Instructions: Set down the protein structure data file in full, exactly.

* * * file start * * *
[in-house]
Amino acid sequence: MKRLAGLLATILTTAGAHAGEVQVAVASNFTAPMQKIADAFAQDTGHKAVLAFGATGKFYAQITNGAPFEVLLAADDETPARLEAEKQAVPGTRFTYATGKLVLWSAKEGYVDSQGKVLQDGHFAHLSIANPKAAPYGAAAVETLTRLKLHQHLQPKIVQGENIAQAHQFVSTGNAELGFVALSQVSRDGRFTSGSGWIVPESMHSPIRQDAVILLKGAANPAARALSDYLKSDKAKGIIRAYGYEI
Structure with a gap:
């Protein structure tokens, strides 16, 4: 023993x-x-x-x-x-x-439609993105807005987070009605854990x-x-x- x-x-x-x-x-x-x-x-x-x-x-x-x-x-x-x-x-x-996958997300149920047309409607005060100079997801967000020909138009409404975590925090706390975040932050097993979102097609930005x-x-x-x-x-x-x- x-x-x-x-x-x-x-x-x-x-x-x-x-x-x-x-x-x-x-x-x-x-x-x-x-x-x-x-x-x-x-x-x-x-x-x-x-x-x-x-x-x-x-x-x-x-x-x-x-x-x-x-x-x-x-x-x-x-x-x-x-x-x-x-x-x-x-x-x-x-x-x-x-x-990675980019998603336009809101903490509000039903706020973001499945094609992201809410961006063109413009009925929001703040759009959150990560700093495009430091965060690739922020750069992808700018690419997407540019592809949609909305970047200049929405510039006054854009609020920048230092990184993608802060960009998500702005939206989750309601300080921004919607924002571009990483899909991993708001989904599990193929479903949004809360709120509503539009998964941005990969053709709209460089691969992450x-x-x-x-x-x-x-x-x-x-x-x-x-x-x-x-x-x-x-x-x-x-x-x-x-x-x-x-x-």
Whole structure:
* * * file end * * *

[in-house]
Amino acid sequence: MKRLAGLLATILTTAGAHAGEVQVAVASNFTAPMQKIADAFAQDTGHKAVLAFGATGKFYAQITNGAPFEVLLAADDETPARLEAEKQAVPGTRFTYATGKLVLWSAKEGYVDSQGKVLQDGHFAHLSIANPKAAPYGAAAVETLTRLKLHQHLQPKIVQGENIAQAHQFVSTGNAELGFVALSQVSRDGRFTSGSGWIVPESMHSPIRQDAVILLKGAANPAARALSDYLKSDKAKGIIRAYGYEI
Structure with a gap:
């Protein structure tokens, strides 16, 4: 023993x-x-x-x-x-x-439609993105807005987070009605854990x-x-x- x-x-x-x-x-x-x-x-x-x-x-x-x-x-x-x-x-x-996958997300149920047309409607005060100079997801967000020909138009409404975590925090706390975040932050097993979102097609930005x-x-x-x-x-x-x- x-x-x-x-x-x-x-x-x-x-x-x-x-x-x-x-x-x-x-x-x-x-x-x-x-x-x-x-x-x-x-x-x-x-x-x-x-x-x-x-x-x-x-x-x-x-x-x-x-x-x-x-x-x-x-x-x-x-x-x-x-x-x-x-x-x-x-x-x-x-x-x-x-x-990675980019998603336009809101903490509000039903706020973001499945094609992201809410961006063109413009009925929001703040759009959150990560700093495009430091965060690739922020750069992808700018690419997407540019592809949609909305970047200049929405510039006054854009609020920048230092990184993608802060960009998500702005939206989750309601300080921004919607924002571009990483899909991993708001989904599990193929479903949004809360709120509503539009998964941005990969053709709209460089691969992450x-x-x-x-x-x-x-x-x-x-x-x-x-x-x-x-x-x-x-x-x-x-x-x-x-x-x-x-x-």
Whole structure: